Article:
From deposits and fair terms, to safely maintained property and legal eviction notice periods, it can really help to know your tenancy rights.
There are a number of laws in place to protect anyone who rents their home in the private sector.
But it can really pay to know your rights as a renter. Here we explain your legal rights from the moment you first find a property you want to rent, to when your tenancy ends.
What you should pay upfront
The good news for anyone looking to rent a home is that agency fees have been banned.
The only upfront cost you should be asked for when you find a rental home is a holding deposit. This is capped at one week’s rent and is refundable after 14 days.
Once you have signed a contract, you will be asked for a tenancy deposit. This deposit will be capped at five weeks’ rent, unless your rent is over £50,000 a year, in which case you may be asked for six weeks’ rent.
Tenancy deposits are refunded at the end of the tenancy, minus any reductions for repairs.
To further protect you, this money must be held in a government-backed tenancy deposit protection scheme and your landlord must provide proof that it has been put into one of these schemes within 30 days of your paying it.
It is illegal for landlords or letting agents to charge you fees for administration, drawing up contracts, or carrying out reference or credit checks in England, Wales and Scotland.
A safe, properly maintained property
The law requires rental properties to be safe and in good repair.
If any maintenance issues arise during your tenancy, repairs must be carried out within a reasonable amount of time.
Rental properties are also required to meet minimum energy efficiency standards.
You can ask to see the Energy Performance Certificate for your property, which should be rated E or above, meaning it has proper insulation and effective heating.
In addition, you should be shown copies of the property’s gas safety certificate, which must be renewed annually, and a record of electrical inspections.
Fair and reasonable terms
Your tenancy agreement must be fair and comply with the law. You must also be supplied with a written copy.
You have the right to challenge excessively high charges or rent increases, which must be ‘fair and realistic’, meaning in line with local average rents.
Your rent can also only be increased at certain times. If you are on a rolling tenancy, your landlord cannot increase it more than once a year.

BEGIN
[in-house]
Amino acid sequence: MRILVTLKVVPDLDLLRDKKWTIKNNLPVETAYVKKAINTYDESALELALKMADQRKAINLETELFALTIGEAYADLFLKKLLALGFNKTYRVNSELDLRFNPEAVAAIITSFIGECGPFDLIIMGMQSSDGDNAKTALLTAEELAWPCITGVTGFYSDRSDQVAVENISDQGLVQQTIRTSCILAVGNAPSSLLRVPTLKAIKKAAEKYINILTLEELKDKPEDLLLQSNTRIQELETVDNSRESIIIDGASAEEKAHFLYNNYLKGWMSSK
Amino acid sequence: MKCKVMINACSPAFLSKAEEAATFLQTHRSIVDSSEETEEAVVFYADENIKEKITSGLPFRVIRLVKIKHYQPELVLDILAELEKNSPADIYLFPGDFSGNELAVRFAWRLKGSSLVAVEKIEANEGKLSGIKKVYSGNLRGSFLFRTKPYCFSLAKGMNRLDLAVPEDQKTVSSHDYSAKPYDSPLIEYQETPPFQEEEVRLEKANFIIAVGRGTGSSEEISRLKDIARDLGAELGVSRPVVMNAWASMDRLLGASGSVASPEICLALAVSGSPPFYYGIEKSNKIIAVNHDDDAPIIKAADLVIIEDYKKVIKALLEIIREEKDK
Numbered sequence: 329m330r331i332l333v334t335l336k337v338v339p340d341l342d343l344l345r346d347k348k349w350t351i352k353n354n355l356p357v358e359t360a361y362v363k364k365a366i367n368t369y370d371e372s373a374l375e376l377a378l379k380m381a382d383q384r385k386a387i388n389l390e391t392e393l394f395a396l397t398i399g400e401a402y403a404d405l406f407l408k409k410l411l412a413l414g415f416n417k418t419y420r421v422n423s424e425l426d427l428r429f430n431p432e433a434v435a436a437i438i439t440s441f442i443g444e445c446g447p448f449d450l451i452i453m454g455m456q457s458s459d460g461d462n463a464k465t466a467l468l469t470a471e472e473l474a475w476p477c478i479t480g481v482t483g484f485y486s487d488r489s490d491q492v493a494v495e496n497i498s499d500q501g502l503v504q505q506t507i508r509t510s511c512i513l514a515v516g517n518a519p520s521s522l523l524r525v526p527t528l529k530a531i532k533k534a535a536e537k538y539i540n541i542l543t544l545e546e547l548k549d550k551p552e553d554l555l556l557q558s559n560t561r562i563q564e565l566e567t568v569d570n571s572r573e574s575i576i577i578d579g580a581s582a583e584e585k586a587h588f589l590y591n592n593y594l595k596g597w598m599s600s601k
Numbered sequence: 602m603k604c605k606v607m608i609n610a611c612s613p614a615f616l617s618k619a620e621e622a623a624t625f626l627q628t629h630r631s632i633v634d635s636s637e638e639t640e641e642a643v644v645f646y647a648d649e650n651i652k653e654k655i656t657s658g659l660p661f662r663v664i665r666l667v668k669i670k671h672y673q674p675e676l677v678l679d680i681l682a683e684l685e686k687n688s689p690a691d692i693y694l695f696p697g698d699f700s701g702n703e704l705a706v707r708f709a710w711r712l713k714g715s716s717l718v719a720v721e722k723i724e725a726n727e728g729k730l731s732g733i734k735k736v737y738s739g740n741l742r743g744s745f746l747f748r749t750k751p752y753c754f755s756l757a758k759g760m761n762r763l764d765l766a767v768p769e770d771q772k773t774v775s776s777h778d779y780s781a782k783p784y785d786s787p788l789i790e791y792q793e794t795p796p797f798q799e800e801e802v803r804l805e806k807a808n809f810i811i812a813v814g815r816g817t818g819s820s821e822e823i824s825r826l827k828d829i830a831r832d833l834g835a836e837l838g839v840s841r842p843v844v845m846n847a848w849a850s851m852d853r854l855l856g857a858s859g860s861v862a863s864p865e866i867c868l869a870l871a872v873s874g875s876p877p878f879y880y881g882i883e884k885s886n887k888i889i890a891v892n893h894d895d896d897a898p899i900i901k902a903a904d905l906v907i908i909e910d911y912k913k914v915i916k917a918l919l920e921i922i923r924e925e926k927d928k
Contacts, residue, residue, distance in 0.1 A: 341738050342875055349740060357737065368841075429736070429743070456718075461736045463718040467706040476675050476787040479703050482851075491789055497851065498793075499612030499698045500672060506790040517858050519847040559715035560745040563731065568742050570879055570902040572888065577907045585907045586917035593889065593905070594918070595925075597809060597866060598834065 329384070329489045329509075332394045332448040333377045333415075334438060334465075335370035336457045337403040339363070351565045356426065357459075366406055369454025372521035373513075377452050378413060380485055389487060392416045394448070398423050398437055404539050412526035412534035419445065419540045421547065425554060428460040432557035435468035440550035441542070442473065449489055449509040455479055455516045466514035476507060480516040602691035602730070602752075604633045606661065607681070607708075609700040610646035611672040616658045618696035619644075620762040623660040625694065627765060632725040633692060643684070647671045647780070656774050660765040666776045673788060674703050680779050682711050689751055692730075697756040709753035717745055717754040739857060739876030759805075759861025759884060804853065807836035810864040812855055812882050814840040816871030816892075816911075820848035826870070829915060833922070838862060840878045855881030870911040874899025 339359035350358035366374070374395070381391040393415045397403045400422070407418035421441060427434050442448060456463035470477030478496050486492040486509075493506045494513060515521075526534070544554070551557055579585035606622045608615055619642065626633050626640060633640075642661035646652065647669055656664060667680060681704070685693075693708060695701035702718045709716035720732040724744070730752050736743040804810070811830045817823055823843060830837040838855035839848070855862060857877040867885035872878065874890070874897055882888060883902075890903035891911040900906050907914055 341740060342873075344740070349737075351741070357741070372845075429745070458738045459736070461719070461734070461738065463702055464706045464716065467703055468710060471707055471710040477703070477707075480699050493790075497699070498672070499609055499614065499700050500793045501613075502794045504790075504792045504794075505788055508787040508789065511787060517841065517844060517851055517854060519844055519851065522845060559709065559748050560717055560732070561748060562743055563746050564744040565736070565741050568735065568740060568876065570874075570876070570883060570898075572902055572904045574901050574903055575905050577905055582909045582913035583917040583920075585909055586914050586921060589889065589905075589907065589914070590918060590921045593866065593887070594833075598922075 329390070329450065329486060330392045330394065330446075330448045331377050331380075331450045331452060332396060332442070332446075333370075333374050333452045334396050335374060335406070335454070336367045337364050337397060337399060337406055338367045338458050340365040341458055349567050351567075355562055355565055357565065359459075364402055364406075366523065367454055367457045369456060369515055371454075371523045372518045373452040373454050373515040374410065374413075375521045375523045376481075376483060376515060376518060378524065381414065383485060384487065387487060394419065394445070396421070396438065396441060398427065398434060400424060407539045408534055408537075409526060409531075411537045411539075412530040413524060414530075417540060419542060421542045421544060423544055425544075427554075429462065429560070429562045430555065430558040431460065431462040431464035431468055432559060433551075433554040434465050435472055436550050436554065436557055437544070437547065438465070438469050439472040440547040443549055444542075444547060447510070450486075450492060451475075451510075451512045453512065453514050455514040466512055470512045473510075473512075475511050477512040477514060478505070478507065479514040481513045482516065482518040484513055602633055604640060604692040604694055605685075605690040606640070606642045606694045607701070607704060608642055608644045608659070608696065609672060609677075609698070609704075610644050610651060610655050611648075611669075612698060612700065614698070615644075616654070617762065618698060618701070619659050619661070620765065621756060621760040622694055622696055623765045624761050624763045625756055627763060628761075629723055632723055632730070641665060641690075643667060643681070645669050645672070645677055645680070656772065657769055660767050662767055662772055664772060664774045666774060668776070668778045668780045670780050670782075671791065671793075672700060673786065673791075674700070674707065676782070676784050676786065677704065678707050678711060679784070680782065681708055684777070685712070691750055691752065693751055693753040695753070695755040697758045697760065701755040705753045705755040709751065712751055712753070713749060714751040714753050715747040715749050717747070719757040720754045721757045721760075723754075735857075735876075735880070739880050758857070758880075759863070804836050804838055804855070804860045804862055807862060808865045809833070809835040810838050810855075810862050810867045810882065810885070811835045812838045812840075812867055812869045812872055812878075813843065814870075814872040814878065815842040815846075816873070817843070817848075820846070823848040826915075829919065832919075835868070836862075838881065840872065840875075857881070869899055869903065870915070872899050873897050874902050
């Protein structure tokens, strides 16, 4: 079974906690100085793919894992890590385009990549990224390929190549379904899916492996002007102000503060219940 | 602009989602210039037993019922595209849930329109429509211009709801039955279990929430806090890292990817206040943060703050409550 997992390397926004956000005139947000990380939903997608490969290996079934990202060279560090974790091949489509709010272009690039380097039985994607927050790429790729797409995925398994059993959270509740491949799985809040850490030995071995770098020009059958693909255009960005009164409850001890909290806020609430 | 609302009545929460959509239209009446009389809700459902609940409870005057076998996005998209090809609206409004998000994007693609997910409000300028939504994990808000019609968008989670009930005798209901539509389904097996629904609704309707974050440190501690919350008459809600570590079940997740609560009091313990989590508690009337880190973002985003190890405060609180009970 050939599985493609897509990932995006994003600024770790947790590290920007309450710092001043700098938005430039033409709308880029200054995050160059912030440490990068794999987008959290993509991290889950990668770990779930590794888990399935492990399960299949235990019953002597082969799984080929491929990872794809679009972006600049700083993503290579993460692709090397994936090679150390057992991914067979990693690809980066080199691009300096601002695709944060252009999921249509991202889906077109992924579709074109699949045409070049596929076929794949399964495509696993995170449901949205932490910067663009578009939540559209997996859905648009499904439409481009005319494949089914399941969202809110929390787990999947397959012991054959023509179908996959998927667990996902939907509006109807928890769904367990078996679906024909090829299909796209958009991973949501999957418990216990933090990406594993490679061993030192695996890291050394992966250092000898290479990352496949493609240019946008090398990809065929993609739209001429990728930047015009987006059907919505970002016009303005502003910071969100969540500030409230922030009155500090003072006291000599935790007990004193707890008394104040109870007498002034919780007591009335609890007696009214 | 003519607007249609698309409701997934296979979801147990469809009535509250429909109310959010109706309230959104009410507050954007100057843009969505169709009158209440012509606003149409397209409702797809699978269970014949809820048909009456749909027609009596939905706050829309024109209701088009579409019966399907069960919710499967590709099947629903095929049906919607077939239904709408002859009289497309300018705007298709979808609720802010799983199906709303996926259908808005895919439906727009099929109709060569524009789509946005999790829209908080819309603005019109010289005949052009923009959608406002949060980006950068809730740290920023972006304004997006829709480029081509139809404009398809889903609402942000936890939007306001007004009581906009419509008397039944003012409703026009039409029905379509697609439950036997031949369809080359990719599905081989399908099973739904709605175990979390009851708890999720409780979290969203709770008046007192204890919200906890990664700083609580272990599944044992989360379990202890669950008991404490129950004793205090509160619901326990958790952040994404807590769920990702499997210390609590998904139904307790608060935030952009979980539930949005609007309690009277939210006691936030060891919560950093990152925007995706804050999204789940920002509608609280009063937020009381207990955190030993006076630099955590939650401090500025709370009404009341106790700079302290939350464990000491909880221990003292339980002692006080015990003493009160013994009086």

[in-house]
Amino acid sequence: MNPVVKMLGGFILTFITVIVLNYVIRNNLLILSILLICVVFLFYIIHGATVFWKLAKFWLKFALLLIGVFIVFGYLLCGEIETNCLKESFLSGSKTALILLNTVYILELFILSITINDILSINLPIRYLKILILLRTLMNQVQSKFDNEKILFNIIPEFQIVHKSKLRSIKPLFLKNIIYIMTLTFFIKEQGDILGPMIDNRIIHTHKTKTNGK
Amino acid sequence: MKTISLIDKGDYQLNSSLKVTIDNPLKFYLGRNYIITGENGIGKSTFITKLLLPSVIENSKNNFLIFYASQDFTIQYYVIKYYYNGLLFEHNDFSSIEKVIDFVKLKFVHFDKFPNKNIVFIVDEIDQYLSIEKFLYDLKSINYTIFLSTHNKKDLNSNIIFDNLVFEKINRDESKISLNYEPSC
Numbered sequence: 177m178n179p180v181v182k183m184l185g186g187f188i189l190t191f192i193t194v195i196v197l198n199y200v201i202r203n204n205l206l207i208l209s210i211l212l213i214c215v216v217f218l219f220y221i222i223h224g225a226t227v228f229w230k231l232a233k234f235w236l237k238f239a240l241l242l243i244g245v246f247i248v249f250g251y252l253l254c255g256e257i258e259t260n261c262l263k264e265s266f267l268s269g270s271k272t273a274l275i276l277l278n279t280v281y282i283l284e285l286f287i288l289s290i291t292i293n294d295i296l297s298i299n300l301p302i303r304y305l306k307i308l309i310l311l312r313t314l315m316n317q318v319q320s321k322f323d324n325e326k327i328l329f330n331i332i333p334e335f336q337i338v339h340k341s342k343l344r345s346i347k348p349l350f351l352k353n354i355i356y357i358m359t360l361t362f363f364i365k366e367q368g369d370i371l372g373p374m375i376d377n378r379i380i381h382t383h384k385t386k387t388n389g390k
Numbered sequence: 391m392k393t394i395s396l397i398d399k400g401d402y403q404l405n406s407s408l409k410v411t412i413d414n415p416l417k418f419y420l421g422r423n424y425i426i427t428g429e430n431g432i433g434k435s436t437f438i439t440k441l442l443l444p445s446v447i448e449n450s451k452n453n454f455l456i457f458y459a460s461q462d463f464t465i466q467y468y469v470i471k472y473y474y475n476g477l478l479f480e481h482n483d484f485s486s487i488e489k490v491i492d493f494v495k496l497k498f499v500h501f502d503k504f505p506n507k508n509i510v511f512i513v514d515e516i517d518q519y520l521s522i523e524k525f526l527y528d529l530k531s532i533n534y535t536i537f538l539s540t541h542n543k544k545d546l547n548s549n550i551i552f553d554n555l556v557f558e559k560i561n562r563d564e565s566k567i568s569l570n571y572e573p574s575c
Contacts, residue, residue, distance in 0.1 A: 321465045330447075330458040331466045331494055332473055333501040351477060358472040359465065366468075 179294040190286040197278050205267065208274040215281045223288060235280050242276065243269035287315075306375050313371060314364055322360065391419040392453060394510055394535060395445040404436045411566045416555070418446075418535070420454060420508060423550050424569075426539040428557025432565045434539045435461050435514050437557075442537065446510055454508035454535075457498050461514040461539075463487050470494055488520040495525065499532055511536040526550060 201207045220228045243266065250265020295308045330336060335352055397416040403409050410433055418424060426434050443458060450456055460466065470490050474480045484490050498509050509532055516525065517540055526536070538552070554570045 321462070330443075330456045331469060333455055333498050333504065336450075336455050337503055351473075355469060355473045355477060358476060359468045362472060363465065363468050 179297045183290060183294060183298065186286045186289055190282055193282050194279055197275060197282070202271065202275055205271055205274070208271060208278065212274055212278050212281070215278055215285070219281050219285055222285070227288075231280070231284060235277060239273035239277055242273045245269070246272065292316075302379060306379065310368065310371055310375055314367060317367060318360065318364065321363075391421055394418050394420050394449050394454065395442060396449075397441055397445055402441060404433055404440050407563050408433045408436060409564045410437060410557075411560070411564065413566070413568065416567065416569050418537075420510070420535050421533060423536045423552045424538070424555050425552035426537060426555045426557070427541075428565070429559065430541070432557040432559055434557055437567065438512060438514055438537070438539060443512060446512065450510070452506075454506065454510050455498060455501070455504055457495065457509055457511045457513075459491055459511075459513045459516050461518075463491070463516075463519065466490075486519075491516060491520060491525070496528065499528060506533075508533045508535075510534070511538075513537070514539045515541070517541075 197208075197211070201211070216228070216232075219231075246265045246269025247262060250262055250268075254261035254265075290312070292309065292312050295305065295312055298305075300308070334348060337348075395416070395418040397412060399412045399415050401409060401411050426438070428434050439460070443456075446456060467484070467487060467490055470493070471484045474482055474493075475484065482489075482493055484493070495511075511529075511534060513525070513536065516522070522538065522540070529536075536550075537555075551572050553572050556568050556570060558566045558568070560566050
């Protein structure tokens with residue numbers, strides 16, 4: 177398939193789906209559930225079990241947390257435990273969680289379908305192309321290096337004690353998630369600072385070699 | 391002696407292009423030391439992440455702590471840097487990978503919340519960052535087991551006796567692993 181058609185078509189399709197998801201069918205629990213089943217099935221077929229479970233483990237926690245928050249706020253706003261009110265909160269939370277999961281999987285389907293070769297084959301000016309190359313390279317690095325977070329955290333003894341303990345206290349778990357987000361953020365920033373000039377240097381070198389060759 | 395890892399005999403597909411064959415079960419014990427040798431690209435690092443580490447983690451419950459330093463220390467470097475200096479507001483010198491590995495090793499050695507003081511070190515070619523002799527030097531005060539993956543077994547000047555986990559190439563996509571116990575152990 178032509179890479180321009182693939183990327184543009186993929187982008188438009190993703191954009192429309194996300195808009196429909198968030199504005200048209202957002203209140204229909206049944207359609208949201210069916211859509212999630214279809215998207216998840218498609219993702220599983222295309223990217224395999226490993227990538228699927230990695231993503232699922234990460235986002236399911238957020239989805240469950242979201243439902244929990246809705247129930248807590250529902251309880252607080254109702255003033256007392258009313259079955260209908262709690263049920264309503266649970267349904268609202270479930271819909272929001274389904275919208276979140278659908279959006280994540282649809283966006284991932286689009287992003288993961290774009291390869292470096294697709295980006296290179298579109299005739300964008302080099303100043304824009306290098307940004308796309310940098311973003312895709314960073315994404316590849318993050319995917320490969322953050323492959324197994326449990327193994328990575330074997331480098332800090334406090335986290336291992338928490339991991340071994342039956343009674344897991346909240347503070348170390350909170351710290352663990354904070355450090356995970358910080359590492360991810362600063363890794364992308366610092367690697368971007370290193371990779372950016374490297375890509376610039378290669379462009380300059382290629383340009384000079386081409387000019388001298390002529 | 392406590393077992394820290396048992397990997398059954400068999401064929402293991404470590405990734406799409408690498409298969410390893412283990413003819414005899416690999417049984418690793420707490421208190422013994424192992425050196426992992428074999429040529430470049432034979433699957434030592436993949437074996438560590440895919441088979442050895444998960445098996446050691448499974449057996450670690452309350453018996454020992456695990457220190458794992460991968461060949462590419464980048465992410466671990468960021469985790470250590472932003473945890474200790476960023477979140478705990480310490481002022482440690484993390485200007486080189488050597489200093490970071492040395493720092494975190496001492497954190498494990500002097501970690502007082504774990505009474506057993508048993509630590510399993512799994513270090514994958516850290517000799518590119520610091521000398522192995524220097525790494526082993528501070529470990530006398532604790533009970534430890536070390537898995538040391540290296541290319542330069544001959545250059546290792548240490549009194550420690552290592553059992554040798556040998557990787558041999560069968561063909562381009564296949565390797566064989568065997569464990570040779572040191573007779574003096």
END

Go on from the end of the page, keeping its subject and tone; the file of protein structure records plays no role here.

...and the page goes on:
If you are on a fixed term tenancy, your rent can only be increased if you agree or when the fixed term ends. You must also be given at least one month’s notice of any increase.
Other rights include knowing who your landlord is. If you request this information and it is not given to you within 21 days, your landlord can be fined.
Your right to live in the property undisturbed is also protected, and, unless it is an emergency, you must be given 24 hours’ notice of a property visit or inspection. Any such visits must also take place at a reasonable time of day.
If you ask to make changes to your contract mid-way through your tenancy, charges for doing so are capped at £50.
Finally, you have the right not to be discriminated against according to race, gender or disability, for example.
The return of your deposit
When you want to leave your rented home, you must give your landlord the required amount of notice according to your tenancy agreement.
Providing you have done this, they should then return your deposit to you, minus any deductions for damage to the property or furnishings, unpaid rent or cleaning that is required. There should be no deductions made for general wear and tear.
Any charges for repairs must be at a reasonable cost and you should be provided with evidence of these costs.
If you are unhappy about the amount being returned to you, you can refer the dispute to your tenancy deposit protection scheme.
Protection from eviction
It is illegal for a landlord to evict you without giving you written notice or obtaining a court order.
If you are in an assured shorthold tenancy, the most common type of tenancy, they can start the eviction procedure through giving you either a section 21 or section 8 notice.
Your landlord does not need to give a reason to evict you under a section 21 notice, but they must give you a warning period. This period was previously two months, but it has been extended to six months because of the coronavirus pandemic.
If you do not leave the property at the end of this period, your landlord must go to court to evict you legally.
You cannot be issued with a section 21 notice during the first four months of your original contract.
Landlords can only issue a section 8 notice if they have legal grounds to end your tenancy, for example if you are in rent arrears. They must apply to a court for a possession order to evict you.
The notice period varies, depending on the grounds for possession.
While landlords are waiting to evict you, they are not allowed to harass you or lock you out of your home, even temporarily.
It is also worth noting that as part of its coronavirus relief measures, the government has extended its ban on evictions until 20 September.
You may also be interested in...
- Understanding your rental contract: tenancy agreements explained
- What to do if your rental property is not up to standard
- Deposit protection schemes explained